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Is "Master For iTunes Droplet" Using Same Encoder As iTunes?
BDW42
post Jul 20 2012, 10:30
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After reading some of the Mastered for iTunes documentation and downloading the accompanying tools, I have a question...

In the PDF, they discuss the previous challenges of encoding high resolution files and note the advances they've made in their new AAC encoding process, which I'm assuming is done through the Master for iTunes Droplet encoding tool provided. Anyways, I experimented with some of the recent 24/96 files I own, from the recent Paul McCartney Archive series, and I found myself quite impressed with the results.

This got me to thinking: while this droplet is aimed at high resolution files, would regular CD rips also benefit from using this droplet, as well? Today, I grabbed my AIFFs of my 2011 Smiths and 2009 Beatles remasters and tried it out and, for me, I noticed a definite improvement. The frequency response seemed better, things seemed tighter, and had some "balls" to them, and, for the first time, I had trouble discerning the AAC from the source. But before I get excited and start re-ripping my entire collection, is this just my imagination or is there really anything going on that's different between the droplet and, say, a regular CD rip in iTunes? I fear this might end up being some placebo effect. If they are different, would it be good practice to use this droplet for regular 16/44.1 files?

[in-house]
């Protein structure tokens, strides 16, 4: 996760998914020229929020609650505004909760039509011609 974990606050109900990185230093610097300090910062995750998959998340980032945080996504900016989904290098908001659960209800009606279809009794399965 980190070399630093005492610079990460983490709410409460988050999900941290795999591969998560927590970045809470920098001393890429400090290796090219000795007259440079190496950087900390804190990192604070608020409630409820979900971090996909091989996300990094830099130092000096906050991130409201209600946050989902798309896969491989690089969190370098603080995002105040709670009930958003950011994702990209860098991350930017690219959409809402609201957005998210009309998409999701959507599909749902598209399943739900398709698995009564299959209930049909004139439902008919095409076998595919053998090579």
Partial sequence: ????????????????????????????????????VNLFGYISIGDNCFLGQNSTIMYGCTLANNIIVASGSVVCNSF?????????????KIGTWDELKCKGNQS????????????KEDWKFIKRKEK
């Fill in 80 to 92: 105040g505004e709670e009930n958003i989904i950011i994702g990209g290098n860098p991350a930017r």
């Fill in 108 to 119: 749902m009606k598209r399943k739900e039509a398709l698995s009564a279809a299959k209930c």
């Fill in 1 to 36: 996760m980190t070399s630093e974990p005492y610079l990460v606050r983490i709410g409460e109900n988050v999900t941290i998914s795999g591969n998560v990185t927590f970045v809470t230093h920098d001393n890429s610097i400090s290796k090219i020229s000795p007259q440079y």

I'm a little fuzzy on this, and sort of new to all this, so any clarity would be greatly appreciated.

Thanks!
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db1989
post Jul 20 2012, 12:15
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QUOTE (BDW42 @ Jul 20 2012, 10:30) *
would regular CD rips also benefit from using this droplet, as well? Today, I grabbed my AIFFs of my 2011 Smiths and 2009 Beatles remasters and tried it out and, for me, I noticed a definite improvement. [loads of fuzzy language]
Are you claiming that MfIís processing improved the sound relative to the uncompressed originals? If so, thatís nonsense, and you should think quickly about how to provide any reason that I should not immediately bin this as a flagrant violation of #8 of the Terms of Service, to which you were directed and subsequently required to agree in order to register.
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BDW42
post Jul 21 2012, 09:11
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QUOTE (db1989 @ Jul 20 2012, 04:15) *
Are you claiming that MfIís processing improved the sound relative to the uncompressed originals? If so, thatís nonsense, and you should think quickly about how to provide any reason that I should not immediately bin this as a flagrant violation of #8 of the Terms of Service, to which you were directed and subsequently required to agree in order to register.


I don't see any violation or "fuzzy language". First, I was not stating a claim, but noting a subjective impression. For if the former, there would be no need to start a thread asking something I already know the answer to. I also can't "claim" the very thing I said I explicitly doubt. Secondly, I never stated, in any way, MFI's processing is superior to uncompressed originals. Not even close. The purpose of this thread, as the subject title clearly says, isn't to publish claims, but to ask whether the MFI encoding is the same used in iTunes. And if not, whether 16/44.1 files are acceptable. The rest is peripheral. I'd like to thank Kohlrabi for seeing this and for sufficiently answering my question, as well as kindly linking me to very useful, helpful tools for the future.

Good day!
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